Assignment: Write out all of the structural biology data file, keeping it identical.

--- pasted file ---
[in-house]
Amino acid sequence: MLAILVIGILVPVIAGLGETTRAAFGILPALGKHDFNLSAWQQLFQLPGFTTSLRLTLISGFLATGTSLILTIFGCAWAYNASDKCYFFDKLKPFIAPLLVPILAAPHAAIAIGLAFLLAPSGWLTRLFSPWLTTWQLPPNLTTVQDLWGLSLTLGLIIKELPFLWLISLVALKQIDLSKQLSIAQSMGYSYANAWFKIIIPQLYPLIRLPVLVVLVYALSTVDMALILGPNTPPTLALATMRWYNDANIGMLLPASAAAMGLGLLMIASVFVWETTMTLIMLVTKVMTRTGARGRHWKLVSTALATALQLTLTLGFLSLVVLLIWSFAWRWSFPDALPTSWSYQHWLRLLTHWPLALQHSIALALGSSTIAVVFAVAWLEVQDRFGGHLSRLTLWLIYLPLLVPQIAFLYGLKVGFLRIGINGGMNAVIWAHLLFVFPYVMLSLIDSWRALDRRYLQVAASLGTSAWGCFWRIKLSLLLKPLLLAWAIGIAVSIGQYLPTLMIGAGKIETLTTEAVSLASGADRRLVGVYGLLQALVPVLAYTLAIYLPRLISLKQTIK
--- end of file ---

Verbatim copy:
[in-house]
Amino acid sequence: MLAILVIGILVPVIAGLGETTRAAFGILPALGKHDFNLSAWQQLFQLPGFTTSLRLTLISGFLATGTSLILTIFGCAWAYNASDKCYFFDKLKPFIAPLLVPILAAPHAAIAIGLAFLLAPSGWLTRLFSPWLTTWQLPPNLTTVQDLWGLSLTLGLIIKELPFLWLISLVALKQIDLSKQLSIAQSMGYSYANAWFKIIIPQLYPLIRLPVLVVLVYALSTVDMALILGPNTPPTLALATMRWYNDANIGMLLPASAAAMGLGLLMIASVFVWETTMTLIMLVTKVMTRTGARGRHWKLVSTALATALQLTLTLGFLSLVVLLIWSFAWRWSFPDALPTSWSYQHWLRLLTHWPLALQHSIALALGSSTIAVVFAVAWLEVQDRFGGHLSRLTLWLIYLPLLVPQIAFLYGLKVGFLRIGINGGMNAVIWAHLLFVFPYVMLSLIDSWRALDRRYLQVAASLGTSAWGCFWRIKLSLLLKPLLLAWAIGIAVSIGQYLPTLMIGAGKIETLTTEAVSLASGADRRLVGVYGLLQALVPVLAYTLAIYLPRLISLKQTIK